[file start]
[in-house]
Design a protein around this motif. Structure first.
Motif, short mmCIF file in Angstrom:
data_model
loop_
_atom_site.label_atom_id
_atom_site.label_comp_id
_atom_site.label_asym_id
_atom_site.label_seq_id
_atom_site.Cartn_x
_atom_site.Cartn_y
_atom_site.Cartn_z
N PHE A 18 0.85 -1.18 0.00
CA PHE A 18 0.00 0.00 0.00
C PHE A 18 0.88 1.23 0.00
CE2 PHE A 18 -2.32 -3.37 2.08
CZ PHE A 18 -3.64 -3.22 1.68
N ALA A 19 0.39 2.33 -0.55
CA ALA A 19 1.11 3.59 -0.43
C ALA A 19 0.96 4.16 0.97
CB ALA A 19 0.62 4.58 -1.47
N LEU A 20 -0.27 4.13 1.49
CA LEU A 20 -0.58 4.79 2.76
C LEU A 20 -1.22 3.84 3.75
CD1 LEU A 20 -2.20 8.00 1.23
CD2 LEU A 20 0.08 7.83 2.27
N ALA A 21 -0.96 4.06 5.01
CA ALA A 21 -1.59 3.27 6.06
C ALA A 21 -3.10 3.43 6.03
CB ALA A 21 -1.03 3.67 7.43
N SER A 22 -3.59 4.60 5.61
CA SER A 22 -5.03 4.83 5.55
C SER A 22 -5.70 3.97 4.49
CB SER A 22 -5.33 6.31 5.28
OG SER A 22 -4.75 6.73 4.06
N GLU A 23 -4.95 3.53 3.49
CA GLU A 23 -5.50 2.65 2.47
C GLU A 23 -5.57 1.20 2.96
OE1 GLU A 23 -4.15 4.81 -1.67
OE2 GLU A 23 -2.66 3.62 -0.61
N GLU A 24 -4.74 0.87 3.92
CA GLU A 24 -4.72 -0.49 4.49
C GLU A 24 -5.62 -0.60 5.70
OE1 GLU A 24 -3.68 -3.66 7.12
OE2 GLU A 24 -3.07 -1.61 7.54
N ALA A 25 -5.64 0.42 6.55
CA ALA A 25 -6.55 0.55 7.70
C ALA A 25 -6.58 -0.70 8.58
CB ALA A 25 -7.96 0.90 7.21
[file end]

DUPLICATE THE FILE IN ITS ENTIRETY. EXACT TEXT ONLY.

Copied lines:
[in-house]
Design a protein around this motif. Structure first.
Motif, short mmCIF file in Angstrom:
data_model
loop_
_atom_site.label_atom_id
_atom_site.label_comp_id
_atom_site.label_asym_id
_atom_site.label_seq_id
_atom_site.Cartn_x
_atom_site.Cartn_y
_atom_site.Cartn_z
N PHE A 18 0.85 -1.18 0.00
CA PHE A 18 0.00 0.00 0.00
C PHE A 18 0.88 1.23 0.00
CE2 PHE A 18 -2.32 -3.37 2.08
CZ PHE A 18 -3.64 -3.22 1.68
N ALA A 19 0.39 2.33 -0.55
CA ALA A 19 1.11 3.59 -0.43
C ALA A 19 0.96 4.16 0.97
CB ALA A 19 0.62 4.58 -1.47
N LEU A 20 -0.27 4.13 1.49
CA LEU A 20 -0.58 4.79 2.76
C LEU A 20 -1.22 3.84 3.75
CD1 LEU A 20 -2.20 8.00 1.23
CD2 LEU A 20 0.08 7.83 2.27
N ALA A 21 -0.96 4.06 5.01
CA ALA A 21 -1.59 3.27 6.06
C ALA A 21 -3.10 3.43 6.03
CB ALA A 21 -1.03 3.67 7.43
N SER A 22 -3.59 4.60 5.61
CA SER A 22 -5.03 4.83 5.55
C SER A 22 -5.70 3.97 4.49
CB SER A 22 -5.33 6.31 5.28
OG SER A 22 -4.75 6.73 4.06
N GLU A 23 -4.95 3.53 3.49
CA GLU A 23 -5.50 2.65 2.47
C GLU A 23 -5.57 1.20 2.96
OE1 GLU A 23 -4.15 4.81 -1.67
OE2 GLU A 23 -2.66 3.62 -0.61
N GLU A 24 -4.74 0.87 3.92
CA GLU A 24 -4.72 -0.49 4.49
C GLU A 24 -5.62 -0.60 5.70
OE1 GLU A 24 -3.68 -3.66 7.12
OE2 GLU A 24 -3.07 -1.61 7.54
N ALA A 25 -5.64 0.42 6.55
CA ALA A 25 -6.55 0.55 7.70
C ALA A 25 -6.58 -0.70 8.58
CB ALA A 25 -7.96 0.90 7.21